The fallacies and numbers developers should know

Oftentimes, you could tell a developer is good or not by talking with him if he/she is aware of the common fallacies appear in Unicode and Time, or distributed systems. After all, the growth of a developer is to understand the complexity of the world and the limitation of the abstraction, so the mental model fit better to how the real world is working over time. This blog post is try to curate a list where I find it is good, especially for junior developers. There is already awesome falsehood on github, but I don’t like every link provided in the wiki. And it missed some parts where they are not fallacies, but the numbers you’d better to know.


Let’s start first by knowing the latency charts you should be aware of. This would give a sense of relativity when you analyze a program and to know which part it should be optimized for, given different kind of situation. In a distributed system, network latency dominates the share of the total time it spends. However, in a compute-intense application, you should be aware of how to optimize for cache-line hit, and to avoid the contention for cache slots.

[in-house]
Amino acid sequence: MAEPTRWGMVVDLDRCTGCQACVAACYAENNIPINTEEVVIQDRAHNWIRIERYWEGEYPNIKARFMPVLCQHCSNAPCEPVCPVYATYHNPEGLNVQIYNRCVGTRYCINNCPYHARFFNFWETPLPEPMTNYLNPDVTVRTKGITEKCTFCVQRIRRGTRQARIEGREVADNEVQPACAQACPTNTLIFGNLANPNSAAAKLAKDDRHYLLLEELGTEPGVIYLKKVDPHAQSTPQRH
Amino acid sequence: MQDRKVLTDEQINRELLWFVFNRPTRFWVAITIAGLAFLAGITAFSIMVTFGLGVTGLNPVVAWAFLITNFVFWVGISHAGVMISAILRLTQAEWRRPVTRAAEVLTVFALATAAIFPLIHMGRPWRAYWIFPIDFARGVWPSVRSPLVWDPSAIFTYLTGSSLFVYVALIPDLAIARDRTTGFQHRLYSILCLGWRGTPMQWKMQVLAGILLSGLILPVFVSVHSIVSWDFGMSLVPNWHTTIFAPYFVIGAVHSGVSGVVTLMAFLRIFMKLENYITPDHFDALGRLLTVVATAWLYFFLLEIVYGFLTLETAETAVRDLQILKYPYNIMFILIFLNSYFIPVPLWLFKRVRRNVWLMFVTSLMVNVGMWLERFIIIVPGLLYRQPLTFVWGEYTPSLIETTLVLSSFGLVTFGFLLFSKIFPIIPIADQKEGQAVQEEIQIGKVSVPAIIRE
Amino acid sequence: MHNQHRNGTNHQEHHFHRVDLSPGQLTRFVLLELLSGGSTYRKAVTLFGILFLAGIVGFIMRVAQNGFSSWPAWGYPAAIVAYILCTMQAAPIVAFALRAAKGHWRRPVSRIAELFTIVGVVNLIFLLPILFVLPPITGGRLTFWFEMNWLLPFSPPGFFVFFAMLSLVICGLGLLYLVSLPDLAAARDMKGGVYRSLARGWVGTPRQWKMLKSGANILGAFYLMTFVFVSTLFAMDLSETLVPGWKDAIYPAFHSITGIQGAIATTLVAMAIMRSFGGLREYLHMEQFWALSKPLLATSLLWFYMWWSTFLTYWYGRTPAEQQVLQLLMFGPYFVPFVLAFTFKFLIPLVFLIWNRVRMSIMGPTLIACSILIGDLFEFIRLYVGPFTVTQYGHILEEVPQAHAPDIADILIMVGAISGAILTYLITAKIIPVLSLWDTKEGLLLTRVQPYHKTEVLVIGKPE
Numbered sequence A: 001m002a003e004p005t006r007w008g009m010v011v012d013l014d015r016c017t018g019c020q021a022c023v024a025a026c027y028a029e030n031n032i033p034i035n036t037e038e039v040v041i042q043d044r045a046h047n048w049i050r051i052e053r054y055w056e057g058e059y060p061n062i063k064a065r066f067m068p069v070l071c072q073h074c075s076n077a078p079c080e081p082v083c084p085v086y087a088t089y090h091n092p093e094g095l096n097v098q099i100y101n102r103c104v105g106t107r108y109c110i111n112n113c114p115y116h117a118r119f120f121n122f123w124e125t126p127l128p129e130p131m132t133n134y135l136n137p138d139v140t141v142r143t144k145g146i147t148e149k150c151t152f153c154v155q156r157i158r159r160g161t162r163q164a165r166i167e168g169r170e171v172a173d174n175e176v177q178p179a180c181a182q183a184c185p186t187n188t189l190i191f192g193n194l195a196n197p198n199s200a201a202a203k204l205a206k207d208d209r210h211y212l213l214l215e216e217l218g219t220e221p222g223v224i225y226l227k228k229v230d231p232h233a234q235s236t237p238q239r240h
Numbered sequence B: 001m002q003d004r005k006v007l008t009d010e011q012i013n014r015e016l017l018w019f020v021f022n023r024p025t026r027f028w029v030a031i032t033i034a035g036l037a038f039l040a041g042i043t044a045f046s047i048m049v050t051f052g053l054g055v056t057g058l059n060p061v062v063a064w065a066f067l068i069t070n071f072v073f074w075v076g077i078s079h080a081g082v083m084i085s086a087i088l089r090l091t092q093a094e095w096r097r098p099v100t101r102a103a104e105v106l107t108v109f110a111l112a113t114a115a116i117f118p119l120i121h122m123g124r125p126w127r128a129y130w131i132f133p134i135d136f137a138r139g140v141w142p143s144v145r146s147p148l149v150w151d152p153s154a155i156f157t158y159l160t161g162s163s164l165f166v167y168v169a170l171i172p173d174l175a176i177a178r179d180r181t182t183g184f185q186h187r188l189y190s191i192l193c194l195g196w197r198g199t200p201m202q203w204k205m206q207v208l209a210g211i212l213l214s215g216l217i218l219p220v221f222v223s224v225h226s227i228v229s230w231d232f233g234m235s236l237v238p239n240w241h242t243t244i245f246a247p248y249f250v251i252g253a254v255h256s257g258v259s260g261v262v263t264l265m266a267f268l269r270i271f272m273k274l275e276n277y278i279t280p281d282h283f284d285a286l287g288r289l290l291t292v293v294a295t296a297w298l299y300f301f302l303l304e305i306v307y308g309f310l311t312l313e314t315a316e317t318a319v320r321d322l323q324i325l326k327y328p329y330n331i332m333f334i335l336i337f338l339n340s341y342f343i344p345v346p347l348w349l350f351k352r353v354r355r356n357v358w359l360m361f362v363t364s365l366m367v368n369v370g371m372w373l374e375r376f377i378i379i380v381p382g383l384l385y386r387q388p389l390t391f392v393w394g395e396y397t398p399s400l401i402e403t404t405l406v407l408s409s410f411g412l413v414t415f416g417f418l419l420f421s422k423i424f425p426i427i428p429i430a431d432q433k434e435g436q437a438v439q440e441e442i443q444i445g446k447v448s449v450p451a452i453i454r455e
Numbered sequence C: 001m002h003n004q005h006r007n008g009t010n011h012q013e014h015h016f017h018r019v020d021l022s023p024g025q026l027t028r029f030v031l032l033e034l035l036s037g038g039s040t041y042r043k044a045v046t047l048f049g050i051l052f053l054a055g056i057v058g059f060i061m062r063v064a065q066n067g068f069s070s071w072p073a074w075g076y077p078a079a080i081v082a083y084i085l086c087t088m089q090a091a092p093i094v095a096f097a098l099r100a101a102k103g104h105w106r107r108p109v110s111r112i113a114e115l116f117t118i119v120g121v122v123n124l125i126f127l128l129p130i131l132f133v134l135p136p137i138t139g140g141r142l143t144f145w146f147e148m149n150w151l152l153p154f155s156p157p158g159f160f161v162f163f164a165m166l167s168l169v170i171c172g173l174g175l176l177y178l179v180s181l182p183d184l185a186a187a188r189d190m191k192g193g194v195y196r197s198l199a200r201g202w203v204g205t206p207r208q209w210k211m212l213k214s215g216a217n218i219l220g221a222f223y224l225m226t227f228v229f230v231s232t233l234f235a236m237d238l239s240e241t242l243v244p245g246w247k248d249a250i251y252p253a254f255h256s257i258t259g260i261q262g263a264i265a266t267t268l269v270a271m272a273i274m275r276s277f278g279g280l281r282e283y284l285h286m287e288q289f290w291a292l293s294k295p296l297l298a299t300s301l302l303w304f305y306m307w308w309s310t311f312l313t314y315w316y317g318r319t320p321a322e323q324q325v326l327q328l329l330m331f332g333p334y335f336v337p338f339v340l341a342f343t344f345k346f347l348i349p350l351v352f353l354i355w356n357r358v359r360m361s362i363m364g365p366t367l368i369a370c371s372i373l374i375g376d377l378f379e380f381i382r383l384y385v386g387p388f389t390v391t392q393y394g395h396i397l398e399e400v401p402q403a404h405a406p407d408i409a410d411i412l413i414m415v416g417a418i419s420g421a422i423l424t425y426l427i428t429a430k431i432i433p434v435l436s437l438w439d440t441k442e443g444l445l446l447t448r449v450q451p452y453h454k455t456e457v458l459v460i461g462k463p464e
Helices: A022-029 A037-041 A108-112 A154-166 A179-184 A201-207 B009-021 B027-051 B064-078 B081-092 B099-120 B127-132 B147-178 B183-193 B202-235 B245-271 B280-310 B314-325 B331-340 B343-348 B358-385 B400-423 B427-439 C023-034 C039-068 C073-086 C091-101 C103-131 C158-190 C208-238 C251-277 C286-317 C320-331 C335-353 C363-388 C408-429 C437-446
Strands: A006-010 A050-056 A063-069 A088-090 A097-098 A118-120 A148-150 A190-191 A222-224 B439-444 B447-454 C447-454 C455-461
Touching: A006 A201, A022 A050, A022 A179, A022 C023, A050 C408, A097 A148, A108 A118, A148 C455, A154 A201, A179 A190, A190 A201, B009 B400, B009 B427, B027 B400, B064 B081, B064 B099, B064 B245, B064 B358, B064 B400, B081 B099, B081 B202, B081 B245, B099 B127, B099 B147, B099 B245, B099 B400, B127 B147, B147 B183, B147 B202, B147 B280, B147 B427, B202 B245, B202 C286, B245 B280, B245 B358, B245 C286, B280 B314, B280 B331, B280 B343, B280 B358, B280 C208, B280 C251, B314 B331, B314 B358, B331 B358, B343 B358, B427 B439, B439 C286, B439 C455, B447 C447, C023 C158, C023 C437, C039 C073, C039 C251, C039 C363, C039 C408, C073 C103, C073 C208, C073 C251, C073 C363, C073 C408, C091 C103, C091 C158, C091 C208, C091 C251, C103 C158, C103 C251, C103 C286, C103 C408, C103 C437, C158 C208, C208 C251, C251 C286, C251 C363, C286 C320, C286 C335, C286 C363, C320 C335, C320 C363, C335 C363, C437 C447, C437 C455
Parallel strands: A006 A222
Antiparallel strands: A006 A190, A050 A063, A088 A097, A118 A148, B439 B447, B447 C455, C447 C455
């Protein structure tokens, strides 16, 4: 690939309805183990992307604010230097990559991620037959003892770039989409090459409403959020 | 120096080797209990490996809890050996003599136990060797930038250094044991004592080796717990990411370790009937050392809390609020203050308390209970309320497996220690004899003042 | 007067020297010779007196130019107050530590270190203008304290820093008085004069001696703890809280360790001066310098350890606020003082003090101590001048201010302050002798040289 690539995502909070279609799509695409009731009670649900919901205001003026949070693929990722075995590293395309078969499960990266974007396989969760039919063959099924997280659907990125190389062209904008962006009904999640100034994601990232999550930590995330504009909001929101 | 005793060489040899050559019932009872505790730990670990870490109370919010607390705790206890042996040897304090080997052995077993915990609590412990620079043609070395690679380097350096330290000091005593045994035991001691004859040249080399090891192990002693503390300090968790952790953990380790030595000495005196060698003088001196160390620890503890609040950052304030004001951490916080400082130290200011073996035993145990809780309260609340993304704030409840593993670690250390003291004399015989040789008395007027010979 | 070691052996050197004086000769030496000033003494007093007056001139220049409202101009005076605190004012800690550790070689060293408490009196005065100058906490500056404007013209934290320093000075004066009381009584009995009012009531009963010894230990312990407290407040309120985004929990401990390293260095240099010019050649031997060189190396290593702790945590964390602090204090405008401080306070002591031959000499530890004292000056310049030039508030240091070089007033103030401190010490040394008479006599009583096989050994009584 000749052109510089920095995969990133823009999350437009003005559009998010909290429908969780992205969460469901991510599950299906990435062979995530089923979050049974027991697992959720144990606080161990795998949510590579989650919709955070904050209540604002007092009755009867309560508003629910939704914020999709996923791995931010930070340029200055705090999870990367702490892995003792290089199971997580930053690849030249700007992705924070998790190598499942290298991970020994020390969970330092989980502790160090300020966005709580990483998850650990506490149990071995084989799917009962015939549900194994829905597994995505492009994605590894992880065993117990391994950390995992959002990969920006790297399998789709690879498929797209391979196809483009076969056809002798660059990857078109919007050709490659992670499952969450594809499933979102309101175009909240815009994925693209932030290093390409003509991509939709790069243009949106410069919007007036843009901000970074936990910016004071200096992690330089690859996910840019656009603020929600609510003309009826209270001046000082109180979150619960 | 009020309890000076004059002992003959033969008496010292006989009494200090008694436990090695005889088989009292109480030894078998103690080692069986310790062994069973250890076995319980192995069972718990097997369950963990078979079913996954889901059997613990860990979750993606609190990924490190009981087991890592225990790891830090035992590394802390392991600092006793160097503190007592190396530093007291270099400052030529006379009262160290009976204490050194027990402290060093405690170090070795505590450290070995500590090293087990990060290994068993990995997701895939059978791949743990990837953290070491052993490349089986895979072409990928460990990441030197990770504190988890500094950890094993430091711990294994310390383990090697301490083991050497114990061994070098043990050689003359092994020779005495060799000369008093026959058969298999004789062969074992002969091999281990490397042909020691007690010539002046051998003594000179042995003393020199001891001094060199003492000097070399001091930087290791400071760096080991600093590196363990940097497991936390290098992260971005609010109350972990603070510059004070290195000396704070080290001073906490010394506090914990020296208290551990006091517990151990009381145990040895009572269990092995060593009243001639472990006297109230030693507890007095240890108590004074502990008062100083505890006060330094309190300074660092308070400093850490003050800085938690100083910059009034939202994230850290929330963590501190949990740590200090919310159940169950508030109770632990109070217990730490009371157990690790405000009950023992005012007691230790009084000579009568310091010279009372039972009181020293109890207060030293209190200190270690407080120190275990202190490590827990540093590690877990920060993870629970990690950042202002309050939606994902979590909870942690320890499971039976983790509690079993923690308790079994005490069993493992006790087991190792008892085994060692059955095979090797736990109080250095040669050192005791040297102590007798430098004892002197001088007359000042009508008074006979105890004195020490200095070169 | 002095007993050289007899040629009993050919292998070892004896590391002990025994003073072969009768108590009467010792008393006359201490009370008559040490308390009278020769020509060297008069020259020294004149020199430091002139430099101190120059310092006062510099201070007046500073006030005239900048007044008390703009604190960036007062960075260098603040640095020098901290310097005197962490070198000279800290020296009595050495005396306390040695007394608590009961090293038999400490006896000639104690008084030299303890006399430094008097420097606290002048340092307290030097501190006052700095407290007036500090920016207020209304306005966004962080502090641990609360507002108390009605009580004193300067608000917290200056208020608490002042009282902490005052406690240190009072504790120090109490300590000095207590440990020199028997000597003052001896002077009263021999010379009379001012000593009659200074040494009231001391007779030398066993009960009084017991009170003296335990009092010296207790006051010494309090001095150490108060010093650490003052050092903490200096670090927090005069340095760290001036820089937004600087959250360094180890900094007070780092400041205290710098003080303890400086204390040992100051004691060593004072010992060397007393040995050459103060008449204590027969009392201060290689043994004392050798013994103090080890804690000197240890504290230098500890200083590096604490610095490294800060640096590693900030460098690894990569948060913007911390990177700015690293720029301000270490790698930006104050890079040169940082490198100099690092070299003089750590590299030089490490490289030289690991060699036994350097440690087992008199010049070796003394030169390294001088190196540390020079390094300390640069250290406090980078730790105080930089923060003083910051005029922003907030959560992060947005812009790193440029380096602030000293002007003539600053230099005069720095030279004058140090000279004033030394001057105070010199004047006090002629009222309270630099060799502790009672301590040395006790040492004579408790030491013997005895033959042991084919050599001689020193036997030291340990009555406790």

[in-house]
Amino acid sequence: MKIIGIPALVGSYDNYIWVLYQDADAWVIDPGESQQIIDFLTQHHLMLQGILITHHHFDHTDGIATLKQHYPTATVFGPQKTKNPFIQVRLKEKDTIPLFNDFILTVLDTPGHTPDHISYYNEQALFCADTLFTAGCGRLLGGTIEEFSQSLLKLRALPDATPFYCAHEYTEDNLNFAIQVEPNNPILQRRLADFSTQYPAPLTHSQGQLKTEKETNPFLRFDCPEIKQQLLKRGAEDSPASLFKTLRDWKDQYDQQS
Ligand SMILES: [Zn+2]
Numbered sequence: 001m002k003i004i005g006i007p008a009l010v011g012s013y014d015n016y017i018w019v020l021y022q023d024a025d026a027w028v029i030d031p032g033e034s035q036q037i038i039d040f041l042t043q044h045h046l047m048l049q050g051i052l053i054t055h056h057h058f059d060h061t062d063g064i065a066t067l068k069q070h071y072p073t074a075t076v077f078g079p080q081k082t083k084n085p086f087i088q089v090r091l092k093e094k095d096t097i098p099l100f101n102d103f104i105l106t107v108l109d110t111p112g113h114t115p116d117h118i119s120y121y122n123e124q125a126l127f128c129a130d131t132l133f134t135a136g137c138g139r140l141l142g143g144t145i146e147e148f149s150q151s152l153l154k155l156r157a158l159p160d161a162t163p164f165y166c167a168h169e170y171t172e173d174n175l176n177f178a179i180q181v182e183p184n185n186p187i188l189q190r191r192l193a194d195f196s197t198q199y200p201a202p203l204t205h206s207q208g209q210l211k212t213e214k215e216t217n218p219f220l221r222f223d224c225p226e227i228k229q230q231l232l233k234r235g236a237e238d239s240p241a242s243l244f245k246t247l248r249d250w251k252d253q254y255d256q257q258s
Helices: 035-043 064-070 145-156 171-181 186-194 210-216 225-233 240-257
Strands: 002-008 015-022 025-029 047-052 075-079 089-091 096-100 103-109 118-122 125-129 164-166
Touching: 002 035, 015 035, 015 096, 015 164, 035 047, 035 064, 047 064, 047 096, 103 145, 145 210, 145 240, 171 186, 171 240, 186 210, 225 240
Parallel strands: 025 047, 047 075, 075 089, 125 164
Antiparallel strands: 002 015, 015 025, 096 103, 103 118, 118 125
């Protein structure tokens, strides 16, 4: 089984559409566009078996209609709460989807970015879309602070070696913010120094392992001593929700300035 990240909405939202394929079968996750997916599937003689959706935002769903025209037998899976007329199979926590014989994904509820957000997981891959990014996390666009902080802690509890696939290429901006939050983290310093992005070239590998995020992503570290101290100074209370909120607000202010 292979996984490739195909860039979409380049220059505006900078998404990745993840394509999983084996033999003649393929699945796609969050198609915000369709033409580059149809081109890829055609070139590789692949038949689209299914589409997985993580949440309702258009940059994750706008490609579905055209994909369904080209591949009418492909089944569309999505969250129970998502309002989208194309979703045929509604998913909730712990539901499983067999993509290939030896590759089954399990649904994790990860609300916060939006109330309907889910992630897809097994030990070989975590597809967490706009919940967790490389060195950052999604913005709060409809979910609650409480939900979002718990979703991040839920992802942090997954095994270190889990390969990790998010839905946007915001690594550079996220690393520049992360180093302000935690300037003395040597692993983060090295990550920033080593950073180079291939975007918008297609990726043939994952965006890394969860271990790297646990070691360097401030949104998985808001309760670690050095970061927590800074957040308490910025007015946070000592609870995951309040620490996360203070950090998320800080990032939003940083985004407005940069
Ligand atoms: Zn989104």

Distributed System

The second one is the famous fallacies of distributed system. They are * The network is reliable * Latency is zero * Bandwidth is infinite * The network is secure * Topology doesn’t change * There is one administrator * Transport cost is zero * The network is homogeneous

This is especially useful when you migrate your monolith application to be several components, or even further, to be micro services working together. Some of the naive function calls need to be extended with further assumptions (or the type would be changed if there is any). The call would need a retry and it would fail if it doesn’t finish within a budget time, and you need to cancel it etc.


Unicode has grown to a beast where most of the junior developers misunderstand. There are numerous gotchas, like the common string comparison problem in Turkey when you set the wrong locale to gotchas that developers should know. I think Apple has done a good job on documenting and design the swift programming language in terms of the unicode support, and by explaining the concepts in the document.


One thing the awesome-falsehood did well is by collecting a list of blog posts that explain the time and calendar in programming well. It ranges from storing UTC is far from enough for future date., to the falsehood that you think it holds for unix time. These are the blog posts that I personally read from the list that I think it is good, but not each of them

Also, Apple’s document on NSCalendar also has some golds in it. * NSCalendar document